China's Weibo (NASDAQ:WB), a microblogging platform, reported a more than threefold increase in adjusted attributable net profit in its Q4 2015. This rose to the equivalent of almost $33 million ($0.15 per American depository receipt), from the Q4 2014 tally of $4.8 million ($0.02). A surge in advertising and marketing revenue was the main driver behind total revenue advancing 42% to $149 million.
For the entirety of fiscal 2015, Weibo swung to a net profit of $65 million, a vast improvement over the $7 million loss it booked the previous year. Total revenue saw a 43% increase, to just under $478 million.
In terms of operating metrics, the number of monthly average users at the end of last year was 236 million, 34% higher on a year-over-year basis. The average daily active users figure rose by 32% to 106 million.
Does it matter?
On the surface, Weibo's earnings beat and the steep rise in top and bottom lines are pleasing, but investors expect not growth from young Internet stocks, but robust growth. Where it really counts, Weibo doesn't seem to be making excessive leaps. Those key MAU and DAU growth rates on their own look nice, but weren't too far away from the end-2014 figures of 36% and 31%, respectively.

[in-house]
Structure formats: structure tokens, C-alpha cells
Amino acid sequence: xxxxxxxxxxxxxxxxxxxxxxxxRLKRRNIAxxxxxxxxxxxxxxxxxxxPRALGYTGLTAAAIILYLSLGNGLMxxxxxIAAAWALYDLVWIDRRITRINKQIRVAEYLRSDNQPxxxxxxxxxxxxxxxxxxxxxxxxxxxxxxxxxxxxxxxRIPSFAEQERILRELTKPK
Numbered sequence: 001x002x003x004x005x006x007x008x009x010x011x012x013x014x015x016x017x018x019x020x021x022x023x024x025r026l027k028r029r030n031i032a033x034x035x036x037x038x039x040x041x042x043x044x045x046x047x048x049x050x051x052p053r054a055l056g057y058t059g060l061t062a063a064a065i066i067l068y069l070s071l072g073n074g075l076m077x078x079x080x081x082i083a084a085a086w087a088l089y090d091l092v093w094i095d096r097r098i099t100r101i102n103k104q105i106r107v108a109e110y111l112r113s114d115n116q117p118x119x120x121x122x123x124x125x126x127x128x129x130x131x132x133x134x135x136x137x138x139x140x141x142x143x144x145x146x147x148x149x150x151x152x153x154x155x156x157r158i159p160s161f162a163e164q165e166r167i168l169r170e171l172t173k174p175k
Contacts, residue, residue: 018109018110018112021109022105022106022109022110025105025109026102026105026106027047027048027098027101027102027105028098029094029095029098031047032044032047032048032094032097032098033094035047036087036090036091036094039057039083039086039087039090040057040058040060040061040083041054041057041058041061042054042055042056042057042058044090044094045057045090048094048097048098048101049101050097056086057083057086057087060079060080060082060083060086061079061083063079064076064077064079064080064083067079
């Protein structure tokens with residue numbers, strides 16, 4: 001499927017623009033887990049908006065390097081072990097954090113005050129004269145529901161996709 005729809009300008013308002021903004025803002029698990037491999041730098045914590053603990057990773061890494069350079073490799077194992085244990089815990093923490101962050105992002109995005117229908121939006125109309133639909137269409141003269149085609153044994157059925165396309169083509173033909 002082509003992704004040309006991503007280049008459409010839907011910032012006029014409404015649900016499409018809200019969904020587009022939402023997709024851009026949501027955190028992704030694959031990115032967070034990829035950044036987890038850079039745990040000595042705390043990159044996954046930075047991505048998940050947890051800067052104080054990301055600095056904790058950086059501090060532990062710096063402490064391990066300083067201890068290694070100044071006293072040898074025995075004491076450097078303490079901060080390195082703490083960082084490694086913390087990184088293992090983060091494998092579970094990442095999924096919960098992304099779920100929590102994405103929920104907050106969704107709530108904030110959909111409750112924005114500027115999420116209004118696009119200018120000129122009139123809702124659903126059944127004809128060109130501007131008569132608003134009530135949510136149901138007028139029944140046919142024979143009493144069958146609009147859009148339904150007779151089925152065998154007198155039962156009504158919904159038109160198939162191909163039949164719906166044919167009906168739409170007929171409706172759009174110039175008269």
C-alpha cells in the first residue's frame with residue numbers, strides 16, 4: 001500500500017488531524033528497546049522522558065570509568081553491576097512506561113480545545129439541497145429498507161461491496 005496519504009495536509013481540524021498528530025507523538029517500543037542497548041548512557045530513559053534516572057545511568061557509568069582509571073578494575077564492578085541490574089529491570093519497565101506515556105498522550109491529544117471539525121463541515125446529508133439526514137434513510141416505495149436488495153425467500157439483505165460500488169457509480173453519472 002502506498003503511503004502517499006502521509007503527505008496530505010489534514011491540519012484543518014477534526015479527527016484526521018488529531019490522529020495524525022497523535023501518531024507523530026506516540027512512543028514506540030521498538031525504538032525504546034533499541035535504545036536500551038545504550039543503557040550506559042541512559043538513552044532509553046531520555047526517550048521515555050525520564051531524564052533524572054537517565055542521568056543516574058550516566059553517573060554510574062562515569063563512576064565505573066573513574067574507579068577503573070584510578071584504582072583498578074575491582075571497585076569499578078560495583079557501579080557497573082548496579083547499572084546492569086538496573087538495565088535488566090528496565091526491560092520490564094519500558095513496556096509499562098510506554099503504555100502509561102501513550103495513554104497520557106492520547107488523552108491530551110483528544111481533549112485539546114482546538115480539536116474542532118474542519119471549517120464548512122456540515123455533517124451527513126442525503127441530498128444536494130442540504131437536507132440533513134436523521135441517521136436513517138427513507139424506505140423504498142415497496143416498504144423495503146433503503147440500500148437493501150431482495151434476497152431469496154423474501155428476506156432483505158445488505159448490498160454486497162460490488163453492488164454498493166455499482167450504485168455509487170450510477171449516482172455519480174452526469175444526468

Also, going forward, the company doesn't believe it will beat the average analyst revenue projection by much, if at all. It's modeling a top line of $111 million to $116 million for the current quarter while analysts are collectively estimating $115.4 million.
So, although the flip to annual net profit is happy news, as is the pop in revenue, investors will likely be discouraged by Weibo's latest figures. Those user metrics matter, as does guidance, and neither is likely to impress the market.
Eric Volkman has no position in any stocks mentioned. The Motley Fool has no position in any of the stocks mentioned. Try any of our Foolish newsletter services free for 30 days. We Fools may not all hold the same opinions, but we all believe that considering a diverse range of insights makes us better investors. The Motley Fool has a disclosure policy.